DIP Chapter 11 bankruptcy litigation financing
Secure financial footing.
Baker Street Funding provides DIP financing to businesses applying for Chapter 11 bankruptcy. Baker Street Funding assistance in building a stronger company allows clients to regain their secure financial footing in a compliant manner.
Debtor-in-Possession (DIP) helps companies in financial distress that find that their financing streams are diminishing just as they need it the most. Their ability to receive additional finances from existing lenders can be harmed. They can even become inactive. The debtor in possession, or DIP lending, allows the owners of insolvent businesses to restructure, pay off liabilities, and order supplies. DIP funding, as a first-priority debt, helps clients in regaining a stable financial footing. Baker Street Funding offers DIP Chapter 11 Bankruptcy Litigation Financing options.
See the advantages.
DIP financing through Baker Street Funding can operate in a variety of ways. The debtor can use Baker Street Funding for a variety of reasons, including operating expenses, chapter 11 expenses, and litigation-related expenses.
See the types of litigation we fund.
Explore your funding options.
If you decide that Chapter 11 bankruptcy is the best choice for your company, DIP funding can provide a good opportunity to help you turn it around. Baker Street Funding, as your DIP Lender, can give our years of DIP experience. Get in touch with us if you’re seeking options for DIP Chapter 11 Bankruptcy Litigation Financing today.
Companies in bankruptcy typically have inherent cash flow problems, and traditional lenders are usually unable to provide them with traditional loans. The DIP financing will help bridge the gap during the restructuring process by funding:
- Operating and overhead expenses
- Attorney expenses
Furthermore, with DIP funding in place, the company has access to capital to effectively work with its creditors, giving it more time to discuss and fix organizational, financial, and operational issues. Overall, the debtor in possession funding allows the corporation to keep control of the property following a Chapter 11 bankruptcy filing and offers the financing, time, and resources needed to reorganize for a fresh start.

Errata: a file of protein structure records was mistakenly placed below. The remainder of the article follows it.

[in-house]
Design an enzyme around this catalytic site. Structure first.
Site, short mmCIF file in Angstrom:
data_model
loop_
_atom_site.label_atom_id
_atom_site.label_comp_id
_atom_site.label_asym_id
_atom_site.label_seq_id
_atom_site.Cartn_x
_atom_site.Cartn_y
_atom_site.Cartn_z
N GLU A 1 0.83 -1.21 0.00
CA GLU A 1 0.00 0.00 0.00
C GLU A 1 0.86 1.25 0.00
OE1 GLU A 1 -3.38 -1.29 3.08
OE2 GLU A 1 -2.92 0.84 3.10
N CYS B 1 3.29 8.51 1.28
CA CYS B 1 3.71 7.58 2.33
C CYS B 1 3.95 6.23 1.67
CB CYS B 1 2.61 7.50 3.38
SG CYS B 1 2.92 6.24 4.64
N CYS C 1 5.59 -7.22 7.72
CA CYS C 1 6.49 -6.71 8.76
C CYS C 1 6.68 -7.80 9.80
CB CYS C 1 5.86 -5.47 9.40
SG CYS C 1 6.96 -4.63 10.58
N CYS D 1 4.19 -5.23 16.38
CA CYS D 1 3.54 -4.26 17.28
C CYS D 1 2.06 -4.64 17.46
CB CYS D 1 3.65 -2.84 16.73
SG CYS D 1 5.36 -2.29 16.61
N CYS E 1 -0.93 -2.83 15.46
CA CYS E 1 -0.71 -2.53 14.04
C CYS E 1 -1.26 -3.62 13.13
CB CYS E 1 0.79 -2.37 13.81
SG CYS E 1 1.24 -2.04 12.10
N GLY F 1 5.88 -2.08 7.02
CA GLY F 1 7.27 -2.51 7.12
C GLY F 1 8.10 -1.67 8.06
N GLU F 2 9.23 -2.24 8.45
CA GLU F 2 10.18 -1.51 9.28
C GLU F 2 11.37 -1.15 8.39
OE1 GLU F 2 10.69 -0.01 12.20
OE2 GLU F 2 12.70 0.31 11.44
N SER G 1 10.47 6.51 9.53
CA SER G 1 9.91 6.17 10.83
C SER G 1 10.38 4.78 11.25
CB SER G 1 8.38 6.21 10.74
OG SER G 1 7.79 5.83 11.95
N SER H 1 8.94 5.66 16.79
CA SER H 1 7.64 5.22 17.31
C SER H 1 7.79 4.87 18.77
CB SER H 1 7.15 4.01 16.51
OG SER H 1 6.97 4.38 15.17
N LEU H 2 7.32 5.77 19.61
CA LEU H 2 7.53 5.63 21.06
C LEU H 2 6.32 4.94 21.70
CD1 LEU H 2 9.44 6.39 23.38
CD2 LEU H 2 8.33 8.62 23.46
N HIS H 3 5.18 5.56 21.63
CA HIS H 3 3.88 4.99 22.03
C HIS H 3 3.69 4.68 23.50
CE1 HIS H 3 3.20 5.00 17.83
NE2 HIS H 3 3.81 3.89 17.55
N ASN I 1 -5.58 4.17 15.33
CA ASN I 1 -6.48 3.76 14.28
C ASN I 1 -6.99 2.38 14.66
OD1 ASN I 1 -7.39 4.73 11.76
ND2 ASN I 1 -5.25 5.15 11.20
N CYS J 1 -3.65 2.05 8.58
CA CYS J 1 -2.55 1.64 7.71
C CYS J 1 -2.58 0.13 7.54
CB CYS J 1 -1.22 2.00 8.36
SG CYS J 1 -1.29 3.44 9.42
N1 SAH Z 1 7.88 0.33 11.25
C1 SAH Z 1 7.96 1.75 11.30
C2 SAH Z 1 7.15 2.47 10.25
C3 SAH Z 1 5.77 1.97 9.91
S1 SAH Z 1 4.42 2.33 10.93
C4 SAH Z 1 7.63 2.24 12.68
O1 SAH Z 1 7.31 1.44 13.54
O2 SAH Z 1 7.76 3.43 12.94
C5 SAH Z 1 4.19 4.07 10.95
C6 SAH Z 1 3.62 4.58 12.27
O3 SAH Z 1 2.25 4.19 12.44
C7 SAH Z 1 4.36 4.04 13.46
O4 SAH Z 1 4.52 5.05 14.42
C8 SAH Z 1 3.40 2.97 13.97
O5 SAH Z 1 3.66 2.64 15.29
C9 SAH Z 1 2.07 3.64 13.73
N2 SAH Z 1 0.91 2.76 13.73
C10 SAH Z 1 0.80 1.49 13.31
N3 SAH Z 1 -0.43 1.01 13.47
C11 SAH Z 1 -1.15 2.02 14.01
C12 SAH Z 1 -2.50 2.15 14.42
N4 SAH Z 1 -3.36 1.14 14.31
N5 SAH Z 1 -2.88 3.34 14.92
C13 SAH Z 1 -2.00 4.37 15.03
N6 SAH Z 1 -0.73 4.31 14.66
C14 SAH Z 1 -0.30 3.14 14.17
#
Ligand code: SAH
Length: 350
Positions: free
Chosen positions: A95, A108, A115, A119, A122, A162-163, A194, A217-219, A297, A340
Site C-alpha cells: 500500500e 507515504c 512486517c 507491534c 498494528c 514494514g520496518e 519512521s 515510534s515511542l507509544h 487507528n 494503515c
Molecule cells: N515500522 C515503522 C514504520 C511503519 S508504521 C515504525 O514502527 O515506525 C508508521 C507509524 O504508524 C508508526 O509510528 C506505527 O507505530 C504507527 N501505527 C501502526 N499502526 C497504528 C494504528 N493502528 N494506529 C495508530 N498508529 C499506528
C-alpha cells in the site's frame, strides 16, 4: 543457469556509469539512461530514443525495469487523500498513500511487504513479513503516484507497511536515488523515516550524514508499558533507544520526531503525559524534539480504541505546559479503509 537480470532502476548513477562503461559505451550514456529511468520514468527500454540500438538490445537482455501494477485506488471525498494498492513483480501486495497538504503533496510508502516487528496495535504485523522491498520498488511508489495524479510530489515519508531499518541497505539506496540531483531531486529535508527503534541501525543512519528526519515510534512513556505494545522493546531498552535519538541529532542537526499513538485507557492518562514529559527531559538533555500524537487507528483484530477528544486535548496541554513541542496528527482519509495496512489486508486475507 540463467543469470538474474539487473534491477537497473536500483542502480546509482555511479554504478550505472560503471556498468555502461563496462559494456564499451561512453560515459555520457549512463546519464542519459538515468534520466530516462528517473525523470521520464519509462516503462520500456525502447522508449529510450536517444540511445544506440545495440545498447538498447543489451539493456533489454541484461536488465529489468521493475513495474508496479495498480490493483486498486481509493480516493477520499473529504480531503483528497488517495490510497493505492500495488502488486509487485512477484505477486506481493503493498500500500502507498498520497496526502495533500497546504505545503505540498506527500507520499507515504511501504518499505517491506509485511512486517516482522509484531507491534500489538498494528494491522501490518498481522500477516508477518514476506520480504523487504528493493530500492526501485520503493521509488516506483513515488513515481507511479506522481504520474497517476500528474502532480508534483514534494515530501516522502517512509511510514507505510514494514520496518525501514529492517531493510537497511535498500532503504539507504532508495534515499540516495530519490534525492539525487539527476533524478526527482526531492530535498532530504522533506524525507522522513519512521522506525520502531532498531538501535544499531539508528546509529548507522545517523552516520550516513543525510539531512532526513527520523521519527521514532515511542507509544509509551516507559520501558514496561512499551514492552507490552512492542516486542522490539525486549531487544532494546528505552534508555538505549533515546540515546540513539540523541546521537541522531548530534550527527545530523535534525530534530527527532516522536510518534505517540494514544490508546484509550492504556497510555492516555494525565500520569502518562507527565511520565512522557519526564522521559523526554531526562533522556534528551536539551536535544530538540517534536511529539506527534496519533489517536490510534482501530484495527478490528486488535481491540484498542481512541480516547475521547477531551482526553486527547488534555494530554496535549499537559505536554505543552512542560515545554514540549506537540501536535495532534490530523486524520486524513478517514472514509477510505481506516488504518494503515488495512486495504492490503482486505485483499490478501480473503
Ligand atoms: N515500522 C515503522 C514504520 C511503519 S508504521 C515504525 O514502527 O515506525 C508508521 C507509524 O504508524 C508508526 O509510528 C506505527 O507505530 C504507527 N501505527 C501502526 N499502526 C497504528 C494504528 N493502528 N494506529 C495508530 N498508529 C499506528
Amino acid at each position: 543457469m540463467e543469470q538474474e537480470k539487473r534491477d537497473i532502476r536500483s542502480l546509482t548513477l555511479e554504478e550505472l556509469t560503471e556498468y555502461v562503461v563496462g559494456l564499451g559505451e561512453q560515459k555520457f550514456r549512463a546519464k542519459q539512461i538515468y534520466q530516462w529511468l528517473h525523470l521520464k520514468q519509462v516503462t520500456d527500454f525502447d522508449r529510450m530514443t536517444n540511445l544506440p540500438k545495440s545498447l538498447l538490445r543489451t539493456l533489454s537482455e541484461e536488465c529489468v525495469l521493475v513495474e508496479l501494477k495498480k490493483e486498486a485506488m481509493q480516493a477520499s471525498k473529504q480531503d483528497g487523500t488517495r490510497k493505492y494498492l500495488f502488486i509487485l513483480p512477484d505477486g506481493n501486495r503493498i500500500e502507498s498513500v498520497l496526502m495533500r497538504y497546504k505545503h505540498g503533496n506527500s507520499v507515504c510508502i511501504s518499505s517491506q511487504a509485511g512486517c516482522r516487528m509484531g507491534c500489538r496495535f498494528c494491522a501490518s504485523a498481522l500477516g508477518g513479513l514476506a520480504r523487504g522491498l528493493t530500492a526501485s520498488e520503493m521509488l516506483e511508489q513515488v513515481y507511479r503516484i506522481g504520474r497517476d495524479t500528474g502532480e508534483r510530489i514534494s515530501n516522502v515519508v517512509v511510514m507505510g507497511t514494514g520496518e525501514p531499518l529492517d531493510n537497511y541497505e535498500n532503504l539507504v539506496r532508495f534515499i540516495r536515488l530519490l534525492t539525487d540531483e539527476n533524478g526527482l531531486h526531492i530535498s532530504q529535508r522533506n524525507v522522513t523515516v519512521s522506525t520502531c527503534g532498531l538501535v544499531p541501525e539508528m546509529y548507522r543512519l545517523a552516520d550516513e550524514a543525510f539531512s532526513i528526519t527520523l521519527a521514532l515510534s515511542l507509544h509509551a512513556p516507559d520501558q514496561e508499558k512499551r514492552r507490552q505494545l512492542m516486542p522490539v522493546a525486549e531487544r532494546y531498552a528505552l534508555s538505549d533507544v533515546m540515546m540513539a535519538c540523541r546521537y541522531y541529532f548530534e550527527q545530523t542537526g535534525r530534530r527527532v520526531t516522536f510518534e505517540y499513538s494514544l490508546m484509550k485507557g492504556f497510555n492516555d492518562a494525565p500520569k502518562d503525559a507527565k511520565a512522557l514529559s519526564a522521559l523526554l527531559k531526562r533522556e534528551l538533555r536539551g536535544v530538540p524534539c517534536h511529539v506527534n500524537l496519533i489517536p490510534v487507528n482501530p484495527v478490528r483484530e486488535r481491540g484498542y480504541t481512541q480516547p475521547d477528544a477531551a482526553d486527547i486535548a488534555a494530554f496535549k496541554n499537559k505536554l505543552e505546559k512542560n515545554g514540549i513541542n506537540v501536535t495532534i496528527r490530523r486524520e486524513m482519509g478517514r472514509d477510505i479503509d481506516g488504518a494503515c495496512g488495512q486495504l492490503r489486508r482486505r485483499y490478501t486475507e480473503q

Conventional financers are often reluctant to lend to small businesses in financial distress, even though the restructured company represents a promising investment. The next step for a company could be to look to existing shareholders as lenders, but DIP lenders cannot be company insiders. Companies must exercise caution when turning to alternative lenders because the intention of DIP funds must be to assist the company rather than to purchase the company and its assets.
Debtor in Possession (DIP) funding is a component of a company’s Chapter 11 bankruptcy working capital plan. The financing is available as the company goes through a reorganization, intending to ultimately emerge from bankruptcy with a stronger balance sheet and a strategy to move forward. Exit financing is the company’s post-bankruptcy funding package. In smaller transactions, lenders often agree and commit to both a debtor-in-possession and an escape facility at the same time.
Chapter 11 bankruptcy helps troubled, cash-strapped businesses to rebuild and reorganize rather than liquidate. However, since the owners of companies in Chapter 11 often do not have the cash on hand for compensation and negotiating strength, they often discover that it takes far more time and effort to raise the money than they expected.
Debtor-in-possession (DIP) financing provided by Baker Street Funding enables a corporation to obtain extra funding for its continued activities during its Chapter 11 bankruptcy.
Factoring may also be used as a funding method in DIP financing by businesses. Many small business owners are unaware of the prospect of factoring. It is one of the most adaptable methods of obtaining funding and recapitalization during the Chapter 11 bankruptcy process. Factoring will benefit both the borrowing business and the factoring company. The borrower earns much-needed financing, and the factoring firm gains preference status under the Bankruptcy Code.